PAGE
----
Homeschooling is a rough journey: there are no familiar signposts, and so much of the time is spent either reinventing the wheel or blazing a trail, that it gets exhausting. I found that over the years it helped to have others, further on in their homeschooling journey, to talk to. These people as a rule have been doing it way longer than me, and have older kids, so they have been reassuring: I've been there, I know how frustrating it can get, and this stage will pass.
I have to acknowledge these amazing women, and all the hours they put in, listening to me, giving advice, and just being there.
J lives in New York and has five kids, all of them homeschooled. Her oldest is in college. For four years, when my oldest was just born, I homeschooled someone else's daughter, and we did recess together: J's kids, this girl, and my boy(s). I was following textbooks back then, mostly recommended by this girl's parents, and it is easier to get someone else's kid to mind you (no tantrums), so the conversations with J used to be more technical back then: how to memorize multiplication tables, what about writing, etc. A lot of time had passed since those days: I've moved twice to different cities, J embraced unschooling more fully, and I've got more sage advice from her. Now that I'm home with my own kids, more in charge of picking and choosing what we are doing, I have more existential issues: am I messing them up? What will happen if they will spend a whole week on DS? How much discipline is necessary? Time and again, I call or e-mail J, and every time I walk away feeling heard and reassured.
C was also part of our "recess" crowd in NY. My 9 yo and her daughter were born three weeks apart, and we lived in the same house back then: we had downstairs while C lived upstairs. C has five kids, and her oldest is highschool-age. Luckily for me, C right now lives in the same city that I live in. Unfortunately, between her babies' naps and my babies' naps, her schedule and my schedule, we do not get to see each other as often as we should. However, over the years, she has been there for me. Since our kids are very similar in age, it has been good to discuss whether a particular challenge that I'm having is something that she is experiencing too. C is also quick to point out how many of the issues that I am having now have to do with having a small baby thrown into the mix rather than inherent inability to get things done. Somehow I keep on forgetting how little people can suck up so much attention and energy. And, living in the same city, it is nice just to be able to get together, let the kids play, have a semi-adult conversation...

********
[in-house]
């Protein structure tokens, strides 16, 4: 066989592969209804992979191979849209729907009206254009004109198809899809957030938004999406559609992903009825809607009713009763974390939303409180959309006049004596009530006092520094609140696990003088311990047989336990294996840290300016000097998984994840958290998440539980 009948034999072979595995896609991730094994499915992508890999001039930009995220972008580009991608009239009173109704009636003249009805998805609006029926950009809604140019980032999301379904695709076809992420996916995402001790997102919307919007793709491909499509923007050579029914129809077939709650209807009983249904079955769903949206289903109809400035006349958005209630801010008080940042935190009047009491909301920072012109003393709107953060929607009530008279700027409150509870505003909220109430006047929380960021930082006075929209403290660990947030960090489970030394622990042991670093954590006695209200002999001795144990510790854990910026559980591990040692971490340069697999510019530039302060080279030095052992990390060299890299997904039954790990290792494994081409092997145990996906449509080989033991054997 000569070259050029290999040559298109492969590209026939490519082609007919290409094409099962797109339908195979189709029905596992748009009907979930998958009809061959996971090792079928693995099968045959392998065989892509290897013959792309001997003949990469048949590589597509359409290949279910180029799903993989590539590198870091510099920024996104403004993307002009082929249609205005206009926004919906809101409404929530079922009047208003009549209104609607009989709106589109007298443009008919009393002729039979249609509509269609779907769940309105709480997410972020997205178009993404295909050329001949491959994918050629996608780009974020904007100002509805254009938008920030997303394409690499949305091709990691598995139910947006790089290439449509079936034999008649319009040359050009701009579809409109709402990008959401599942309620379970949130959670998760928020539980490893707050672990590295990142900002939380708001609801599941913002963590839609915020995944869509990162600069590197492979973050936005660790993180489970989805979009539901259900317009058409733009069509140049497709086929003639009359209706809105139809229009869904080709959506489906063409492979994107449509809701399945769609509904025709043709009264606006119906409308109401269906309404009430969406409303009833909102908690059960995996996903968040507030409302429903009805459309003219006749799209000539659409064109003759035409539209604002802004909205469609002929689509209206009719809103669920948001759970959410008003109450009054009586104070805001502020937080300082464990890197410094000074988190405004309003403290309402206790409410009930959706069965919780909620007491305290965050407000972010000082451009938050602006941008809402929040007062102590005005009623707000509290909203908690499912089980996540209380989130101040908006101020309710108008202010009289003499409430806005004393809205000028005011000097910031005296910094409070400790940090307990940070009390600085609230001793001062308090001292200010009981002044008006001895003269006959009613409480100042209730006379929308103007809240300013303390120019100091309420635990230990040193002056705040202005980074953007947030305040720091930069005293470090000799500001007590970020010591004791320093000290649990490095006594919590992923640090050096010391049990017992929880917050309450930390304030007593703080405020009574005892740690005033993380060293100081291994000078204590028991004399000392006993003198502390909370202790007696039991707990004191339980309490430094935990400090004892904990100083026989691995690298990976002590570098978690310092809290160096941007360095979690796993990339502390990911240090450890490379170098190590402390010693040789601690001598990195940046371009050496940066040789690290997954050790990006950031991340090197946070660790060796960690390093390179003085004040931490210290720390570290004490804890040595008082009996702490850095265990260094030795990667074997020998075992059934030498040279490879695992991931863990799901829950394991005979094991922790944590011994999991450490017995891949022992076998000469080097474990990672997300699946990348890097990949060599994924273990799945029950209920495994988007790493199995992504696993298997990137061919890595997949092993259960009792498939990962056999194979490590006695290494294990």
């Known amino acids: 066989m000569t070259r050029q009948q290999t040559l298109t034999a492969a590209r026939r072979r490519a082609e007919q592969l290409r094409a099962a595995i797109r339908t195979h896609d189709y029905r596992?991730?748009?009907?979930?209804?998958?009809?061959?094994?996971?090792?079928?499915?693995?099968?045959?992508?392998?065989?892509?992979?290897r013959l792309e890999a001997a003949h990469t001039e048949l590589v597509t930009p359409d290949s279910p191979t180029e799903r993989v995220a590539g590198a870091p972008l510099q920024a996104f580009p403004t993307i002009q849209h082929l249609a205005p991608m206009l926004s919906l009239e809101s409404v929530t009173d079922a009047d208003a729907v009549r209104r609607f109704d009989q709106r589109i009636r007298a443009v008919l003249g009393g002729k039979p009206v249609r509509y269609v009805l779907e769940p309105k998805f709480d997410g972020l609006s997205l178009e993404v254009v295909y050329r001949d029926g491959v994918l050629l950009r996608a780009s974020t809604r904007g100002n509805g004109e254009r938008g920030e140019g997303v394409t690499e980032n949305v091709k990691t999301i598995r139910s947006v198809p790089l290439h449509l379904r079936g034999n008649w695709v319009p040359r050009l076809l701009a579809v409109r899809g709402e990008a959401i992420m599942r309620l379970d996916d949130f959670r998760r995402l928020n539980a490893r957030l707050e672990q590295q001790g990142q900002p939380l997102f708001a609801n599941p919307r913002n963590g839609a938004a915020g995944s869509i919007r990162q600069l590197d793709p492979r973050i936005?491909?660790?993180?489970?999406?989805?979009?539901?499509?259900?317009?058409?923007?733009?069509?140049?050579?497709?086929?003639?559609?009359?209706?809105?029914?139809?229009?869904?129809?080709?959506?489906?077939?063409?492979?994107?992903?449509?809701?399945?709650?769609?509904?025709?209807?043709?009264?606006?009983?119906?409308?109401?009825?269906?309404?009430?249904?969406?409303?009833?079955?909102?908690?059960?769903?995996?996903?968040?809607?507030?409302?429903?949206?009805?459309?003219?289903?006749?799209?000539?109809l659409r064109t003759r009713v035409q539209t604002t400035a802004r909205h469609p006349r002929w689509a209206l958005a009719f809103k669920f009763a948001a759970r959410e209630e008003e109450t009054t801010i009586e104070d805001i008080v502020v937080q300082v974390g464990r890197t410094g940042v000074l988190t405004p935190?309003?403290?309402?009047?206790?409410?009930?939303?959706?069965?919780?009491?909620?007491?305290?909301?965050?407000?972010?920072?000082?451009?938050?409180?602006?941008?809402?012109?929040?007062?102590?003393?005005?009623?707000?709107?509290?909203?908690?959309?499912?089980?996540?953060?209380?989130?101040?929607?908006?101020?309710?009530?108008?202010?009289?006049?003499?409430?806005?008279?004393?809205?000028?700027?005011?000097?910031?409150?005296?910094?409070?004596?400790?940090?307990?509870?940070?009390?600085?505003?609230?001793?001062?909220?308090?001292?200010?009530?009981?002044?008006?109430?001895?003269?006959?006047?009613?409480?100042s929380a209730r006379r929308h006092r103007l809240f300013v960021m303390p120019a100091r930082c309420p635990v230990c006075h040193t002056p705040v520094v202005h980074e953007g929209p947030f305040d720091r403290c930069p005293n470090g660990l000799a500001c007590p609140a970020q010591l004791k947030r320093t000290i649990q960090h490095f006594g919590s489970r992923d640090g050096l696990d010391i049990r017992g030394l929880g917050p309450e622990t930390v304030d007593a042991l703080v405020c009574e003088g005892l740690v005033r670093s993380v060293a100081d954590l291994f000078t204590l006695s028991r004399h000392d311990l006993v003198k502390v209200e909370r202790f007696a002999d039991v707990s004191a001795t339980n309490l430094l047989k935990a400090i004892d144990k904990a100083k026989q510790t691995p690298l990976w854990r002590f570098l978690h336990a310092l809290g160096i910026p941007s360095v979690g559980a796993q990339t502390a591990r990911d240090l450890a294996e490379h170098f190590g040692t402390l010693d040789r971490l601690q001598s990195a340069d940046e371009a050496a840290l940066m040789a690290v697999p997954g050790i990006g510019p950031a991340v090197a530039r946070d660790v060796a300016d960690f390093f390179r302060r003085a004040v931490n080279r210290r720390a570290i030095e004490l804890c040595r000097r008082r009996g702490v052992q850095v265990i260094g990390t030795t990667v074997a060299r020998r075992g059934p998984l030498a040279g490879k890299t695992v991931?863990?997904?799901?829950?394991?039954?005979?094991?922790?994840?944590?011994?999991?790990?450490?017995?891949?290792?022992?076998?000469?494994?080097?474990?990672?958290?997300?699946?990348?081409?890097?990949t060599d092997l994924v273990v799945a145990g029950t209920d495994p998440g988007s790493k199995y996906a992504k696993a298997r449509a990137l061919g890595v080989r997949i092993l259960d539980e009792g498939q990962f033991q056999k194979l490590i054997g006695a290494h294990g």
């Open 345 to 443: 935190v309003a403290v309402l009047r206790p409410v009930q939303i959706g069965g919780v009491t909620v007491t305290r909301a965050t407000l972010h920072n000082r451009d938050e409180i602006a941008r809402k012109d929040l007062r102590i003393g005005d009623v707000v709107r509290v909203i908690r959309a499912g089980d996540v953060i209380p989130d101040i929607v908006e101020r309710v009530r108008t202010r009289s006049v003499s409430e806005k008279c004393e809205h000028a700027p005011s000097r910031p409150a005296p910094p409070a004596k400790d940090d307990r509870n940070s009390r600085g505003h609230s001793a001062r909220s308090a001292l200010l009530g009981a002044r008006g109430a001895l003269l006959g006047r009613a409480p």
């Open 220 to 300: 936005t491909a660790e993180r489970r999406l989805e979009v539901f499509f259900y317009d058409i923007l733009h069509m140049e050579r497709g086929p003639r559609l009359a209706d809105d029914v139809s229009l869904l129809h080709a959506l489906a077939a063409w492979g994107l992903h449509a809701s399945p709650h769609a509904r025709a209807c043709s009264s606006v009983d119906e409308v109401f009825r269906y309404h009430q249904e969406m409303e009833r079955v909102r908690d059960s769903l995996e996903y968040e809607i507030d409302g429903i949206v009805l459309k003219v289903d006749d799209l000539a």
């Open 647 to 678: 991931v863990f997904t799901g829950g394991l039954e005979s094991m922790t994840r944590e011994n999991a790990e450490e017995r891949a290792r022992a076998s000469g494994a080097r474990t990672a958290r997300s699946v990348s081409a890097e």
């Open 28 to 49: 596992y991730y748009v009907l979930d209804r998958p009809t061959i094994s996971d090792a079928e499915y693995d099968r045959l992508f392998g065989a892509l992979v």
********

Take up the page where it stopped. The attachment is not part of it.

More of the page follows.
I stumbled upon S's blog when I was planning on pulling 9 yo out of school. S has four kids, and her oldest is post bar mitzvah. All of them have been homeschooled all along. When I was reading about her days, I walked away inspired. I got a sense of what homeschooling is really like rather than a glossy, picture- and project-heavy shell some bloggers throw out there. Those overly perfect blogs made me wonder whether I should be doing more, and left me feeling depressed. In contrast, S's life sounded so normal and doable. I've met S at homeschool conference in Baltimore and saw for myself how "real" she was. She has also hosted a few webinars. We've spoken a bit through Facebook, but what I really appreciated is when she got on the phone with me and really heard my more recent concerns about the boys. Since she has an older boy, I felt so reassured to hear that some of the behaviors and attitudes which got me so worried are possibly just a stage. S is also very realistic, and kept me grounded when I was talking about nearly impossible expectations that trickle down from the yeshiva system to our sons.
These busy women were willing and able to share some of their wisdom and insight with me. If I did not know that I have someone to guide me, I would not have courage and perspective to homeschool. So wherever you are on your homeschooling journey, seek out a mentor or mentors. When the going gets tough, you will need that voice of someone who's been there.